There’s good evidence to suggest that passive investing is the safest way for the average investor to build a good retirement portfolio. The investor who consistently puts money into low-cost, globally diversified index funds will outperform most stock pickers, active mutual funds, and day traders.
By investing broadly in the total market, you can reduce your idiosyncratic risk, or the risk that one or a few of your stock picks do poorly or go bankrupt. As the legendary investor Jack Bogle once said: “Don’t look for the needle in the haystack; just buy the haystack!”
That being said, certain investors may still feel queasy at the thought of being exposed to the market and its forces. Buying an index fund means following the market, through its ups and, unfortunately, through its downs as well. Prolonged bear markets or negative economic conditions can cause extended periods of loss in your portfolio.
Protecting against bear markets
Investors who are close to retirement age may be unwilling to accept higher volatility or the possibility of large losses in their investments. Unexpected fluctuations close to retirement age can severely limit their quality of life or even postpone retirement altogether until their portfolio recovers.
To hedge against this risk, investors traditionally increased their asset allocation to fixed income as they got older, primarily using bond exchange-traded funds (ETFs). The rule of thumb was 100% minus your age in stocks. So, if you’re a 60-year-old investor, you would have roughly 40% in stocks with 60% in bonds.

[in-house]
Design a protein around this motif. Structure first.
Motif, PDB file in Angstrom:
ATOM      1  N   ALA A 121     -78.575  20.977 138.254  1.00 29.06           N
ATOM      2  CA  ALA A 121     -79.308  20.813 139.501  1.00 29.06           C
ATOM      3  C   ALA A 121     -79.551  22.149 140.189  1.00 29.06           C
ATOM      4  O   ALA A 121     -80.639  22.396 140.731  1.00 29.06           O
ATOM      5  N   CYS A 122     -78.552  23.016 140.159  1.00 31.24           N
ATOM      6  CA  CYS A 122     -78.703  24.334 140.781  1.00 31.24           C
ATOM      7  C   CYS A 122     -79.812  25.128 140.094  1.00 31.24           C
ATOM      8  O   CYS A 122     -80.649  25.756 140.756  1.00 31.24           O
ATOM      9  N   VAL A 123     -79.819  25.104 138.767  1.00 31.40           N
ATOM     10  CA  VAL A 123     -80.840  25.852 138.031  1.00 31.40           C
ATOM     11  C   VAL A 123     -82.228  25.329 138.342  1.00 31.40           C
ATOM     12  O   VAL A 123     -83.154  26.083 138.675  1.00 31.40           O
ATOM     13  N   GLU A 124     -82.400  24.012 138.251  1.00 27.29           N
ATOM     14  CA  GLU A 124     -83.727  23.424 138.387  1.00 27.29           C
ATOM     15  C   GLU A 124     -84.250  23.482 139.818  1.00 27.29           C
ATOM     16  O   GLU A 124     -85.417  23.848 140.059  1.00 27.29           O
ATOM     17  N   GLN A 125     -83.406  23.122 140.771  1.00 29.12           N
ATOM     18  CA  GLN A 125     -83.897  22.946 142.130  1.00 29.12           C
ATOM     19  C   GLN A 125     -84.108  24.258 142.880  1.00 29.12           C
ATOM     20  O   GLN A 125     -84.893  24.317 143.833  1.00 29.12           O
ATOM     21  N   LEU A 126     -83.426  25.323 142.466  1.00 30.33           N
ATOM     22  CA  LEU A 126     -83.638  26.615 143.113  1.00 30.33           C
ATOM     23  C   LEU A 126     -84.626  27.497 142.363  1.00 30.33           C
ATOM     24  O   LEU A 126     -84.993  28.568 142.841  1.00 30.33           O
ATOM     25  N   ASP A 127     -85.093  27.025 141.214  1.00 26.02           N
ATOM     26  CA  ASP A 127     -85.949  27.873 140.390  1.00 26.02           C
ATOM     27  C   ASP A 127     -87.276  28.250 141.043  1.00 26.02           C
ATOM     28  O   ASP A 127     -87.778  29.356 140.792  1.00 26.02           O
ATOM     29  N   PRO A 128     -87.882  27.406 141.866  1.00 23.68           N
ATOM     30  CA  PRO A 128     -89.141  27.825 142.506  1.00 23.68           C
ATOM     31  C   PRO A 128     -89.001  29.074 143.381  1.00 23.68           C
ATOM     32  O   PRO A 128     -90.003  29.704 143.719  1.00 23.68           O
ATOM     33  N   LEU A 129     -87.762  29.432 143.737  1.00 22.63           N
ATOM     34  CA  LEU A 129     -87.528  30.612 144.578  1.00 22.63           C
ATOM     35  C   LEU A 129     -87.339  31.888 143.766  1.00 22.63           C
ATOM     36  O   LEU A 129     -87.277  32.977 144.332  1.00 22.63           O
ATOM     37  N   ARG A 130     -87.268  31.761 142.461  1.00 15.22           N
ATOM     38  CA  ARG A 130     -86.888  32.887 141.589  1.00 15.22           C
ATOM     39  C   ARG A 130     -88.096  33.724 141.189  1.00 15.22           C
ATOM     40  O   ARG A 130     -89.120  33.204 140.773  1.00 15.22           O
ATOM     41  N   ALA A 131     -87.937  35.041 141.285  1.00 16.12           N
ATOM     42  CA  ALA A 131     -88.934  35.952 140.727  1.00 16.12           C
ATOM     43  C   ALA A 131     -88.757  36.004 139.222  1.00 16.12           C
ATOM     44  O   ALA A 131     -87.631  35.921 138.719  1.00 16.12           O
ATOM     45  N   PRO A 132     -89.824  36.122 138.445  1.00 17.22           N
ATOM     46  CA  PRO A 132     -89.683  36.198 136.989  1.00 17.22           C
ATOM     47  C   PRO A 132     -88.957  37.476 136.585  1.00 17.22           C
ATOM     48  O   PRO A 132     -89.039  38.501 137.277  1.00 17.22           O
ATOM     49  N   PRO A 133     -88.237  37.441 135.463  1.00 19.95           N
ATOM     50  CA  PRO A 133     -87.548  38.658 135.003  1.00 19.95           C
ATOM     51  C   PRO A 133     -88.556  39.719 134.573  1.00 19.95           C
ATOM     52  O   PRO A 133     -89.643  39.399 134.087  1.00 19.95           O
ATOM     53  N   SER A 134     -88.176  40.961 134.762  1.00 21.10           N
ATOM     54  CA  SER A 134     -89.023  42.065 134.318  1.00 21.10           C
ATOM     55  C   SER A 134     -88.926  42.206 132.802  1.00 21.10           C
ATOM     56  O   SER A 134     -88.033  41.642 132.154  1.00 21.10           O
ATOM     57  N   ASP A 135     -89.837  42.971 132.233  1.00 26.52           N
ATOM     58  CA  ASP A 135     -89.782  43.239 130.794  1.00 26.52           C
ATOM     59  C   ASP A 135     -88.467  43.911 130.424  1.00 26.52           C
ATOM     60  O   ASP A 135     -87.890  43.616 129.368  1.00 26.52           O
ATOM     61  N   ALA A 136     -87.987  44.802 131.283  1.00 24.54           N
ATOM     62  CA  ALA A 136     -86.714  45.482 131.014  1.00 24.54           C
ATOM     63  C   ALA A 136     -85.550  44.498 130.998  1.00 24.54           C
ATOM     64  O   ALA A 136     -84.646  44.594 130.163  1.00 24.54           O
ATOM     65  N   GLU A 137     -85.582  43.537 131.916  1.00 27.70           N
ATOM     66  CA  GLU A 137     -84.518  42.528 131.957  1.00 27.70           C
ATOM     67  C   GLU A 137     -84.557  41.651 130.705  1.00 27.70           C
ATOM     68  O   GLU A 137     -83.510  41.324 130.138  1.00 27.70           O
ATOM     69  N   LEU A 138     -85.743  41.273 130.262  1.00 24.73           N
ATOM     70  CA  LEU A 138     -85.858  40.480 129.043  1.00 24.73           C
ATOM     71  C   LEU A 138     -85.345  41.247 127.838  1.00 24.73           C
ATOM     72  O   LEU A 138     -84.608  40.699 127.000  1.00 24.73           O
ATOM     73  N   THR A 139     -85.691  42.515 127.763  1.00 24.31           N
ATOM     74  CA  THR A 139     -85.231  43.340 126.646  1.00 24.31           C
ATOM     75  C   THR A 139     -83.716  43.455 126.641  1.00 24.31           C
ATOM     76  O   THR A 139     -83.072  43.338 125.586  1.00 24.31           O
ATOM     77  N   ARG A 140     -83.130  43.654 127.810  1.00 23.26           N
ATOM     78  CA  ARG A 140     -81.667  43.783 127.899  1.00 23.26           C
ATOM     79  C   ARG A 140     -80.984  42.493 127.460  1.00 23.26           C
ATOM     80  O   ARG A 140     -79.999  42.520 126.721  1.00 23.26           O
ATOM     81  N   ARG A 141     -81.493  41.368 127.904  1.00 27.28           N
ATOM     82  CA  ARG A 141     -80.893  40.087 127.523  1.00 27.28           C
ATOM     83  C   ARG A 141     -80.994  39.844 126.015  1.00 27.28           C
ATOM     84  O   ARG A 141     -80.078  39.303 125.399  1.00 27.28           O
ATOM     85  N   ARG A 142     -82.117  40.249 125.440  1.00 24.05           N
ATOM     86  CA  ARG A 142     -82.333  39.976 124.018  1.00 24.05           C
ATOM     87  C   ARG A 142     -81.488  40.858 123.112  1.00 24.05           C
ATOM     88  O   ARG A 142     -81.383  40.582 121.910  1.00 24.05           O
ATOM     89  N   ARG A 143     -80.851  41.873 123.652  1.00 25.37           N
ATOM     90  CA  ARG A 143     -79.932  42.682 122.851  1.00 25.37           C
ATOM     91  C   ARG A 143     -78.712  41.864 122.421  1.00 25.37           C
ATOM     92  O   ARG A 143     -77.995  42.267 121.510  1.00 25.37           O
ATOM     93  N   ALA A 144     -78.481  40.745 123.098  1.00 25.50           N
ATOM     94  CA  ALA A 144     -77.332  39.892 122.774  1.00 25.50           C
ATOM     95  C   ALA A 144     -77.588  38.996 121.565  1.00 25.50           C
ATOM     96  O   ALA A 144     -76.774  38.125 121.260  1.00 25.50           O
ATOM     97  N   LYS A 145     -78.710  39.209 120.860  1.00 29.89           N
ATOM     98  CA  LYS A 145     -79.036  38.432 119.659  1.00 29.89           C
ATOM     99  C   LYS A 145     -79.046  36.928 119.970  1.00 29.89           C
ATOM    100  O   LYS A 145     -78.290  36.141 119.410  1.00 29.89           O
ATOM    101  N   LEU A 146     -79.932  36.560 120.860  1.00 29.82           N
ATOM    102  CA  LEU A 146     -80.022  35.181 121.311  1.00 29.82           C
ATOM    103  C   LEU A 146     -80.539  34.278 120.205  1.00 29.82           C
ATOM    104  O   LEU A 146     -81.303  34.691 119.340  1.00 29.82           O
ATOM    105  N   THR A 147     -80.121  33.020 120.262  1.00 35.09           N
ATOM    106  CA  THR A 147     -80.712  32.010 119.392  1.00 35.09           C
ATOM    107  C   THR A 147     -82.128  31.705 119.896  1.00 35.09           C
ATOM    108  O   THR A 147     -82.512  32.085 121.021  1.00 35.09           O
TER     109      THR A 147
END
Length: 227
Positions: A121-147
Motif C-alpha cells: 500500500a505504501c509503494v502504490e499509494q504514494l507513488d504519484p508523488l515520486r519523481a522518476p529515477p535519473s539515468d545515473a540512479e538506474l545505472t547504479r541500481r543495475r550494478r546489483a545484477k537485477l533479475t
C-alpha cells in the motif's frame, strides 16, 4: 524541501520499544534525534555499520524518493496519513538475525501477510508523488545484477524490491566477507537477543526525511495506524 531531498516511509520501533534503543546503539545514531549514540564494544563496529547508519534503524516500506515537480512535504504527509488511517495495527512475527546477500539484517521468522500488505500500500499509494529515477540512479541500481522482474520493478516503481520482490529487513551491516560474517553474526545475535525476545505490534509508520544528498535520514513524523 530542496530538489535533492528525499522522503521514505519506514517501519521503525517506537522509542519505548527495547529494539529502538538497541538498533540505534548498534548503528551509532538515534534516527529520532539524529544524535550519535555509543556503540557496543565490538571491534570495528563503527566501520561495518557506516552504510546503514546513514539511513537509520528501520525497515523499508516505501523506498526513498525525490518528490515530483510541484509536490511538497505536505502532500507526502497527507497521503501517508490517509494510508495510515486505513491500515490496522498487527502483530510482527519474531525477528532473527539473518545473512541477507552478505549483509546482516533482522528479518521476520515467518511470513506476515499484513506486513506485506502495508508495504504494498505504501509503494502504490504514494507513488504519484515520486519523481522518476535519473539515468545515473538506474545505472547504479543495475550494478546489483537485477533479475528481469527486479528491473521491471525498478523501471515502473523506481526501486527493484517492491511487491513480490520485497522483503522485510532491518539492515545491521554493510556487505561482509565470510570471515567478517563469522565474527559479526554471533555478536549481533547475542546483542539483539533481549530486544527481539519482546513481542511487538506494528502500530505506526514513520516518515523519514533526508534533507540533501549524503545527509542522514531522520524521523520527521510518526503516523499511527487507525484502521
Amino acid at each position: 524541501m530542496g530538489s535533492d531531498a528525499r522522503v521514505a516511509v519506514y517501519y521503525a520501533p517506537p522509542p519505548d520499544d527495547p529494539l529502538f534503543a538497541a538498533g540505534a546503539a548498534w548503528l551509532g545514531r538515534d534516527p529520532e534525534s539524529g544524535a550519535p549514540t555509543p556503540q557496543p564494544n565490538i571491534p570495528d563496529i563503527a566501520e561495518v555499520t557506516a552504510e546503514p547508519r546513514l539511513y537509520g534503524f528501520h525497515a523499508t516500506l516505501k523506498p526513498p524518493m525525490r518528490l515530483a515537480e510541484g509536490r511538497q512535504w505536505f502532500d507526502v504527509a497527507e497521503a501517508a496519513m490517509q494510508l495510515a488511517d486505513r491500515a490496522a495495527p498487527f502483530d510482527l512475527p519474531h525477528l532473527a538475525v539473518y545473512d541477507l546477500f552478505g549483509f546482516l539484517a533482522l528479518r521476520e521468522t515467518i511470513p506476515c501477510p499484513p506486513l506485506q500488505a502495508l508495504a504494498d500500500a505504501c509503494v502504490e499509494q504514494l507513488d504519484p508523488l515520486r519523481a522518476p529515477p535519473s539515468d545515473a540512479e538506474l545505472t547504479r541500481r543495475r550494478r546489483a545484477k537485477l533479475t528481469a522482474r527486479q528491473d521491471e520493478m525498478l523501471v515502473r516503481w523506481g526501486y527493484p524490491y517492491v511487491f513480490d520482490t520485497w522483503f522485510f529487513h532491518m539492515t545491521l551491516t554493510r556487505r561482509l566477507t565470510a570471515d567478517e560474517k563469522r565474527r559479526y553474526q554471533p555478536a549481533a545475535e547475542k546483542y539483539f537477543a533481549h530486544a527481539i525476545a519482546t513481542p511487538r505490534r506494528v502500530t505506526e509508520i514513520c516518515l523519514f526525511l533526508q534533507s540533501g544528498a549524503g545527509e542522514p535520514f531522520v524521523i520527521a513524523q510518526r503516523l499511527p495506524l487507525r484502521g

However, bonds aren’t necessarily a safe haven these days. During the COVID-19 crash of March 2020, Canadian aggregate bond funds suffered losses nearly as severe as broad market indexes. Rising interest rates and inflation can cause bonds prices to drop, decreasing their ability to diversify the risk impacting your stock allocation.
A portfolio for all conditions
It turns out that there is one free lunch in investing: diversification. Simply put, diversification means constructing your portfolio using multiple types of assets. These assets should ideally be uncorrelated — that is, when some go up, others go down, or even stay flat. By constructing your portfolio like this, you reduce exposure to any particular source of risk by balancing them out proportionality. This is called “risk parity”.
Legendary investor Ray Dalio, founder of the hedge fund Bridgewater Associates, employed this idea when constructing his “All-Weather Fund.” The fund was designed to survive and deliver solid returns in all economic environments, by holding a variety of assets that perform differently during various market conditions.
Very few people can predict where the stock market is going or how the economy will do. The All-Weather Fund takes the guesswork out of this by focusing on resiliency. During periods of market turmoil, the All-Weather Fund excels at preserving capital, making it suitable for investors with a low-risk tolerance or a short time horizon.
How do we build it?
We can’t figure out the exact holdings of the official All-Weather Fund, but we can use the principles Ray Dalio follows to construct our own variant, which we will call the “All-Weather Portfolio.” Firstly, Ray Dalio proposed that portfolios are primarily affected by four macroeconomic conditions:
- Higher-than-expected inflation